He created the oil-based painting in 1870 which came to epitomize the heroic imperialism culture in late Victorian Britain till the mid-twentieth century. He made the painting on canvas support and its dimensions are 48 cm (18.9 in.) width by 56 cm (22.0 in.) height. The painter has used the seagulls in the painting to show depth by the manner in which they appear receding into space with distance. The colour of the sea water also shows depth as it becomes darker with distance. The land mass on the right of the painting and where the sailor is pointing at (the direction of his hand) gives the painting an effect of two point/oblique perspective.
The painting was inspired by Sir Walter Raleigh, who was one of the most popular explorers of the Elizabethan age. In The Boyhood of Raleigh, Millais is shown as a boy listening with keen attention to ‘tales of wonder on sea and land’ which is told by a Genoese sailor. There is a toy in the foreground, which suggests Raleigh’s future expeditions. There is a sharp edge on the right, which may allude to the last words he said at his execution, ‘Strike, man, strike’. The boys sitting at the beach by the Devonshire coast, are Everett and George, who are Millais sons whom he used as models for the painting. The sailor was a professional model, a biographer, and Millais’ friend. It is said that the sailor is pointing at the ''Spanish main’’.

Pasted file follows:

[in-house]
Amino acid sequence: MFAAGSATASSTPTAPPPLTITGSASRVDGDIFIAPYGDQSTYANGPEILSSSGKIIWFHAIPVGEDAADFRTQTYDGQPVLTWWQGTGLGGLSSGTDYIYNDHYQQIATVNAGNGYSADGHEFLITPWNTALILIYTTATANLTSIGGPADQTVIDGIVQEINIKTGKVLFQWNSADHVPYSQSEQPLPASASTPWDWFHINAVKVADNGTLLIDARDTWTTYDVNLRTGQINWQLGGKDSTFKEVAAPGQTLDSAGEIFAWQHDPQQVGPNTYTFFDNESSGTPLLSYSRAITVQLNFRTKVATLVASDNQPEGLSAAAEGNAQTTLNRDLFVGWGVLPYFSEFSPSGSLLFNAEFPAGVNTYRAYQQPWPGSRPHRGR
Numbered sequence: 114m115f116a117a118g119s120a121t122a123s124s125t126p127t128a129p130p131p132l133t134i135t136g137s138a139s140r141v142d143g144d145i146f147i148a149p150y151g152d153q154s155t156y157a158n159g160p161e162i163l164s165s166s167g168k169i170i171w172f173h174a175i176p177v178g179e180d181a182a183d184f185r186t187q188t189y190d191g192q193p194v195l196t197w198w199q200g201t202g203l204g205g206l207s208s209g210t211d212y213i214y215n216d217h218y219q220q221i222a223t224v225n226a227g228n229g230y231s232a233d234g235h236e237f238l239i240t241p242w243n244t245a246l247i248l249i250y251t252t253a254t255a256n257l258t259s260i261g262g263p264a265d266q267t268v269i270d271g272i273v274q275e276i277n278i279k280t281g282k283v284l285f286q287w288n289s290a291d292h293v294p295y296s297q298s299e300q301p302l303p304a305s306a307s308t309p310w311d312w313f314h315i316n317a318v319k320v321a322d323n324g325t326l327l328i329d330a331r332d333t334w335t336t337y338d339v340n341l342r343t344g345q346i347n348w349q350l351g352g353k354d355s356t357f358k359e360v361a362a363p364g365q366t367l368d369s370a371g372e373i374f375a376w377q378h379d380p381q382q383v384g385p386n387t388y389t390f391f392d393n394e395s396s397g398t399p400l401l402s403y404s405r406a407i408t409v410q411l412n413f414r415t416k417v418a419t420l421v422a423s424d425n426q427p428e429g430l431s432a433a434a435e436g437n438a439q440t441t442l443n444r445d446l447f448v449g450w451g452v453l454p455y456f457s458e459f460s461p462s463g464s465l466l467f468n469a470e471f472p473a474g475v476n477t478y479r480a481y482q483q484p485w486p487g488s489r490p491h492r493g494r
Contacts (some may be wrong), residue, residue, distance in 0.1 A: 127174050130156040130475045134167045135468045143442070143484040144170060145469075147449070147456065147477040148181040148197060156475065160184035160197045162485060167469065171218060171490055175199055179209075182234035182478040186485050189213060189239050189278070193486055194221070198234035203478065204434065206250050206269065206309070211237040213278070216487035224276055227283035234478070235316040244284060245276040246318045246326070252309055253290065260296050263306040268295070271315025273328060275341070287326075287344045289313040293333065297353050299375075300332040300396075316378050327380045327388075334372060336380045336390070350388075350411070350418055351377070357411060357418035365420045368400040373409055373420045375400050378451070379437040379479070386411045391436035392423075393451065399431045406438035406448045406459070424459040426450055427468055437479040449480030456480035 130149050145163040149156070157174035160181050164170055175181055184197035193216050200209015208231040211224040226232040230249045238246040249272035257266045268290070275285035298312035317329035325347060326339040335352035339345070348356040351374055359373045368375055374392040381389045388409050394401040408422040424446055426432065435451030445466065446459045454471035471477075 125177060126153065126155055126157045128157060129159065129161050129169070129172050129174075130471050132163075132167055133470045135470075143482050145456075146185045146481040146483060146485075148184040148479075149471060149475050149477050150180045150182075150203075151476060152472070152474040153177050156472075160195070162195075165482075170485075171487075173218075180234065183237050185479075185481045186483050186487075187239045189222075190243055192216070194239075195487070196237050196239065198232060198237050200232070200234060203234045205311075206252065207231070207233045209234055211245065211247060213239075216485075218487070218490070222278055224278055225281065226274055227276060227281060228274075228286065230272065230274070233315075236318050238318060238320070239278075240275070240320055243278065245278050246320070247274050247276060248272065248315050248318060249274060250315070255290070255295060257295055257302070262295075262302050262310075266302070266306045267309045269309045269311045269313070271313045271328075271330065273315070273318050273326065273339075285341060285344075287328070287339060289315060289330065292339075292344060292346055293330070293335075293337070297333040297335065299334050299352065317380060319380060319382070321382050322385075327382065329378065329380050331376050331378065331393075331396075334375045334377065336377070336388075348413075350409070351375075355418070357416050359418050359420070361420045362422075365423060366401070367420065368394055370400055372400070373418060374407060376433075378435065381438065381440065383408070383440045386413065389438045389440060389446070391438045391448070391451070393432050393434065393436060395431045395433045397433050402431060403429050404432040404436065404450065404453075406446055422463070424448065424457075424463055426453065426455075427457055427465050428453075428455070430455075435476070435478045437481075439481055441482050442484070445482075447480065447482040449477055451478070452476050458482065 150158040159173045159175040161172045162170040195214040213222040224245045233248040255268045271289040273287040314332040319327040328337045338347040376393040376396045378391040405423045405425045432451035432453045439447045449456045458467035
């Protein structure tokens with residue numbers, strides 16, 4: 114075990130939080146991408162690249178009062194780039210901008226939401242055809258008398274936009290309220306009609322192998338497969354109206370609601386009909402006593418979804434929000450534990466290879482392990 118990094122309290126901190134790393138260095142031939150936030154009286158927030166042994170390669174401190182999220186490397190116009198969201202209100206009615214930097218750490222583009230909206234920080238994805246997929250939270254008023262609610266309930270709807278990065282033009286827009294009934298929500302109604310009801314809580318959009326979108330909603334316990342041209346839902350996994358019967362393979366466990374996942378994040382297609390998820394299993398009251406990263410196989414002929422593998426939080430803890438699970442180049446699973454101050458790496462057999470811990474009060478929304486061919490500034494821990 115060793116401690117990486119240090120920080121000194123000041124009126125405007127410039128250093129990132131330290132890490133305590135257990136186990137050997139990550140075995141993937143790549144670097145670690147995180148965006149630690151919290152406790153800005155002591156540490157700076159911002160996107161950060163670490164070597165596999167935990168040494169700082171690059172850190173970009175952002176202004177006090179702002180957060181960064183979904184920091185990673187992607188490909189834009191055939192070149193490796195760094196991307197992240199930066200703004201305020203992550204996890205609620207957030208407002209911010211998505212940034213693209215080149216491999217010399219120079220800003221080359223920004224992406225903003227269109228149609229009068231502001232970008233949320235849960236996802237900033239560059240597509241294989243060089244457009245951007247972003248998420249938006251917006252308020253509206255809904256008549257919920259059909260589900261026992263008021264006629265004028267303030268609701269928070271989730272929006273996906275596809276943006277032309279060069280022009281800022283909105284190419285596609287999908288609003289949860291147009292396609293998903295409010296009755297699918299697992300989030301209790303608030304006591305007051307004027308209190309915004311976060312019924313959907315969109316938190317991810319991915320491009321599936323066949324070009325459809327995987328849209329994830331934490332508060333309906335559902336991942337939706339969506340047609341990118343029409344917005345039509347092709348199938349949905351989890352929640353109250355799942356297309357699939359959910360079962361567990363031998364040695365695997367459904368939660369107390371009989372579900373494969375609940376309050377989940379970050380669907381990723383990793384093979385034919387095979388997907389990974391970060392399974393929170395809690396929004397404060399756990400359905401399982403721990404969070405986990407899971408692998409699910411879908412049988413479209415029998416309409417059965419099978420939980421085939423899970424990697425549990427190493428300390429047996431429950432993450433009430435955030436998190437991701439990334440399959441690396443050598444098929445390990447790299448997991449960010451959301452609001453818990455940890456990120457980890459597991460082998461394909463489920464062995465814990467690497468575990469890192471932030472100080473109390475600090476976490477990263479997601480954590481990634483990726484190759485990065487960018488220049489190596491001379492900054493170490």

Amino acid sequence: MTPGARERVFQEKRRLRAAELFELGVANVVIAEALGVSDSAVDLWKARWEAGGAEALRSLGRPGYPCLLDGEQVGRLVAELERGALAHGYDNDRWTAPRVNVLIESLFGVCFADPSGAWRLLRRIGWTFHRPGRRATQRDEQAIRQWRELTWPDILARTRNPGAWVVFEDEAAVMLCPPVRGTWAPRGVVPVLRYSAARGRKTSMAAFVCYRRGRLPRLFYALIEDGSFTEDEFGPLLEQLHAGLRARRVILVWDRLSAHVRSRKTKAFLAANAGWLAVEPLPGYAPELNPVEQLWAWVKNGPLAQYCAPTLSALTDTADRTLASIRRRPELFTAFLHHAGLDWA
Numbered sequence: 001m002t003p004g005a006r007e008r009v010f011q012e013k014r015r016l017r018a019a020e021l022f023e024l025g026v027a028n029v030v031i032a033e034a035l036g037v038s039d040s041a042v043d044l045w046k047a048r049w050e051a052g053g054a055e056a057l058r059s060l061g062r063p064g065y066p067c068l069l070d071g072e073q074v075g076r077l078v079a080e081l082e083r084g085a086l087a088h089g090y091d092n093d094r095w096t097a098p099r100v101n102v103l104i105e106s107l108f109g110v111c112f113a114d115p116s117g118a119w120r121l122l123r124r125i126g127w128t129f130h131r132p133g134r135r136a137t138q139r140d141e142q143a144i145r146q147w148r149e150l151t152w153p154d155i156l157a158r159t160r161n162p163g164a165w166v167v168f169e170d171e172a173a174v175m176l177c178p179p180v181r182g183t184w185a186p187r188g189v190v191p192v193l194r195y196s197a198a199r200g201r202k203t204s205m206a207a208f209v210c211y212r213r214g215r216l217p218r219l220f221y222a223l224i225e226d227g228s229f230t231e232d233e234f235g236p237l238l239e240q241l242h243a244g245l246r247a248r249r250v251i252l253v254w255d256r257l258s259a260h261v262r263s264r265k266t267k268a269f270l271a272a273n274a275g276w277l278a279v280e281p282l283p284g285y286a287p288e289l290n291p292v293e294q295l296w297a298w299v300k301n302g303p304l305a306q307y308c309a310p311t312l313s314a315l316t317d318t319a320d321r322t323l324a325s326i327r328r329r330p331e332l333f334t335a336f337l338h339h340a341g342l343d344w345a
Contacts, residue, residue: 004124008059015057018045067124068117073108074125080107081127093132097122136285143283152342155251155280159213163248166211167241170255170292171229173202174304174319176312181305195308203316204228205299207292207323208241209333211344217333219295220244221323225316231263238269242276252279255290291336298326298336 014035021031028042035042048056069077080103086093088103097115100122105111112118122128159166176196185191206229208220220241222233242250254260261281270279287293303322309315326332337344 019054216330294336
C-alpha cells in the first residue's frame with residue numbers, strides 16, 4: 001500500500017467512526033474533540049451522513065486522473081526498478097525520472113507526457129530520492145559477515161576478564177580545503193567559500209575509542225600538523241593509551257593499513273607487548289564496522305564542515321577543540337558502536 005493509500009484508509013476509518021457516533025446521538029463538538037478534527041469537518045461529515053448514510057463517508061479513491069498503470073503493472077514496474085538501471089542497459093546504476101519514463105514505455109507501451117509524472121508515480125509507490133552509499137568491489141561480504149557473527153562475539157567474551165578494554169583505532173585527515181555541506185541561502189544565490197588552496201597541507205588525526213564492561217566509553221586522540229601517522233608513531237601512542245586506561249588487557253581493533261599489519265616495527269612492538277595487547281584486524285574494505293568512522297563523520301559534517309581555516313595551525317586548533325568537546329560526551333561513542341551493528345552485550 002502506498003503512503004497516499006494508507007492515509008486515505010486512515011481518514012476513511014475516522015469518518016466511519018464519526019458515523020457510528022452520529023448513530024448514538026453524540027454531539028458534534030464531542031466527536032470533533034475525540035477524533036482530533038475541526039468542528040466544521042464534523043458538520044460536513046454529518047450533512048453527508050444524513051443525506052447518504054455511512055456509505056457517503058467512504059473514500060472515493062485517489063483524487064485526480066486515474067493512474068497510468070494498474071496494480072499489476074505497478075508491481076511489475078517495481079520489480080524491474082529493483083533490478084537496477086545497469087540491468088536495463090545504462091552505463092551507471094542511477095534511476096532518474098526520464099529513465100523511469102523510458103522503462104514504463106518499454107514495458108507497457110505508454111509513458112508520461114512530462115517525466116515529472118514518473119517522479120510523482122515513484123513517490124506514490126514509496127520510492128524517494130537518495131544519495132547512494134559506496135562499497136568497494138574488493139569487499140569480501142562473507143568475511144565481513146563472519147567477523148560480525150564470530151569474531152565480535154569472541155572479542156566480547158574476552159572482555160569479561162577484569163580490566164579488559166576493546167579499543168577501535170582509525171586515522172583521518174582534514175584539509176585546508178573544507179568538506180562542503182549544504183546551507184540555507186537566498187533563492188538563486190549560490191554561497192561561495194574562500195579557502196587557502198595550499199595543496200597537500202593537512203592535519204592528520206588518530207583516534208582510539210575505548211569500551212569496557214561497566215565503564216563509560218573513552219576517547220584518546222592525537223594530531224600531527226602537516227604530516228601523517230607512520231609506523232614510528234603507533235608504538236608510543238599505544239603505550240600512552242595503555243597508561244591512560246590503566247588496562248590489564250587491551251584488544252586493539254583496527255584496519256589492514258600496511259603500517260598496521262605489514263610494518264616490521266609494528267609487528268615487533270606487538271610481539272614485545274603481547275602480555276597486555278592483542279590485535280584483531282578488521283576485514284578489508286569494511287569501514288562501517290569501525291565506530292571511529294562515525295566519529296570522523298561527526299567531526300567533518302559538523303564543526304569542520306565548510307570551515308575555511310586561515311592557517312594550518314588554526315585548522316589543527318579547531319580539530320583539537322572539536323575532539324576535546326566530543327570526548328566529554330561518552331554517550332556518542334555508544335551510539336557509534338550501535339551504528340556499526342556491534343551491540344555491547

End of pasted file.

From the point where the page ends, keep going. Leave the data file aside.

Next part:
John Everett Millais was among the founding members of the Pre-Raphaelite movement, but by the time he created The Boyhood of Raleigh, he was mostly influenced by Old Masters. He painted The Boyhood of Raleigh at Budleigh Salterton, which was a location close to Raleigh’s birthplace. This painting was inspired by James Anthony Froude, on England’s Forgotten Worthies, that described the lives the Elizabethan sailors lived. The Boyhood of Raleigh was probably influenced by the biography of Raliegh, that imagined the experience he had from listening to tales from old sailors when he was a boy. He had to travel to Budleigh so that he could paint the location.